- PHOTO COURTESY OF CUESTA COLLEGE
- EXCHANGING ONE RELIGION FOR ANOTHER : A 1970 photograph of the military chapel at the beginning phase of its transformation into Cuesta College’s Interact Theater.
For a building situated somewhat sleepily on the outskirts of San Luis Obispo, the Interact Theatre is a space that has lived. In fact, the venue manages to reside at the periphery of Cuesta College, an institution that shares a lonely stretch of Highway 1 with the California Men’s Colony, Camp San Luis, and Woods Humane Society. It’s an unlikely setting for such names as Bertolt Brecht, Steven Dietz, Anton Chekhov, and Eugène Ionesco.
The Interact Theatre began its eccentric existence as a humble World War II-era military chapel at Camp San Luis, which the Cuesta College Board of Trustees decided to appropriate as a theater in April of 1970. The existing theater, The Play Box, could seat a mere 30 theater patrons, whereas the chapel contained space for 150. The Interact Theatre began its new glamorous existence in March of 1971 with Brecht’s The Good Woman of Setzuan. And on May 10 it will bid an absurd adieu with its closing performance of Ionesco’s Rhinoceros, to be replaced by the college’s new Theater Arts Building, which will open in the fall and has a maximum seating capacity of 450.
Cuesta College has had its sights on a new performing arts venue for more than a decade, but it was only in the last three years that the state allocated funding for the project. What began as a budget of $12.7 million eventually became $17 million, and—after former interim president Ed Maduli lobbied for additional financing—the $24.5 million necessary to begin construction. The new space is equipped with a primary theater that seats 450 (400 if the orchestra pit is in use), a 100-seat experimental theater, and a green room that can be utilized for recitals.
The space cannot properly be called a performing arts center, as it will not be available for community use, at least during the first few years of its existence. According to Stephen Gunsaulus, director of marketing and communications advancement, it’s nigh impossible to make a profit in a theater with fewer than 1,100 seats—which would require that any big-name performers or acts that were invited to the theater would have to be subsidized. Plus, the college wants to ensure that the building’s foremost beneficiaries are the students. Toward that end, faculty members, designers, and administrators collaborated in designing the space.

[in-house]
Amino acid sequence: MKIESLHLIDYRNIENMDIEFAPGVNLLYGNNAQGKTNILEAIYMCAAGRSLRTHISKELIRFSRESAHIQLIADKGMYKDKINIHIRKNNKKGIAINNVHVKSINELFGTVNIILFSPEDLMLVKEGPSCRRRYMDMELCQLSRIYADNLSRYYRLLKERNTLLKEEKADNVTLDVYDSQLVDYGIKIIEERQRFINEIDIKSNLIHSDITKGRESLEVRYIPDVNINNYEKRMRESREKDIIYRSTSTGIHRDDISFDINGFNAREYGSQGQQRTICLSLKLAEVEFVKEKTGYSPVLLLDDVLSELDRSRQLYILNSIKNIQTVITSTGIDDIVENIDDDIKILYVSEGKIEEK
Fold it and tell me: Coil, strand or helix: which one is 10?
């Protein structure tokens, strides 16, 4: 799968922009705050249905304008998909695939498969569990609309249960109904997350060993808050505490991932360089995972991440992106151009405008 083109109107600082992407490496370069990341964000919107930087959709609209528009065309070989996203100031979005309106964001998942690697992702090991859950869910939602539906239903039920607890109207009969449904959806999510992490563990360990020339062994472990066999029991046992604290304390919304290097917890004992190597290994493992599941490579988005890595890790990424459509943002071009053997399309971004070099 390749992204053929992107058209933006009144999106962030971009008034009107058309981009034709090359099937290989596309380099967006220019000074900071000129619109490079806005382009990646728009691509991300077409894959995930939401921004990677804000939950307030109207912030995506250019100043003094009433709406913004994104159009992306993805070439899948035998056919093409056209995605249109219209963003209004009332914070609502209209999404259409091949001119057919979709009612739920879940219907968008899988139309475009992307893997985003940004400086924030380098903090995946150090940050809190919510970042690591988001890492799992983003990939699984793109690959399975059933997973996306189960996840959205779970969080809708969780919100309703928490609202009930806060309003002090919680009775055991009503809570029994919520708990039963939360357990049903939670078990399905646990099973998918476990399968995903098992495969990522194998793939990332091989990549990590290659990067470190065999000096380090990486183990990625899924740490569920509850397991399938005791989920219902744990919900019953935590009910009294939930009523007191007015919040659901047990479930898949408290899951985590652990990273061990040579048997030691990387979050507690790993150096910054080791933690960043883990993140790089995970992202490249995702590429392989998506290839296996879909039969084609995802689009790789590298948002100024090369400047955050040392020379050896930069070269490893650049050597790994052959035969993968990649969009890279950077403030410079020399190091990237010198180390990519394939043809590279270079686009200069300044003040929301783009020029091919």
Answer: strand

The primary theater boasts a catwalk, a trap door to enable mysterious comings and goings, and all the necessary rigging for performers to transcend earthly bonds à la Peter Pan. The 28,000-square-foot facility features a costume construction room equipped with sewing machines and laundry facilities, a costume storage room, a theatrical lighting storage space, and a scene shop brimming with lathes and saws and sundry other construction indispensables.
- PHOTO BY JAY THOMPSON
- BEFORE THE LATEX MASKS : The cast of Rhinoceros.
That’s where the performing arts have been situated until now, fractured and mired in artistic squalor. The new theater is not on scale with the PAC, not as intimate as the SLO Little Theatre, or as quirky as the Pewter Plough Playhouse, but it’s no shabby place to call home.
“I’ve never seen a curtain call at the Interact Theatre,” joked Gunsaulus. “There is no curtain. They’ve been very creative with set design—remarkably creative. But this is a much more traditional space.”
For the drama department, which has developed a tradition of creating do-it-yourself solutions to the challenges posed by their found theater space, the move to the larger, better equipped theater represents new possibilities, but also an end to rogue operations. In preparation for their performance of Rhinoceros, for example, students drilled a circular hole into the floor—you’ll have to attend the show to determine the purpose of this endeavor. While burrowing through the stage, the crew peeled away an unexpected slab of the theater’s history, layers of paint that had congealed into a solid mass several inches thick. Jackson is distributing the scraps among theater-lovers.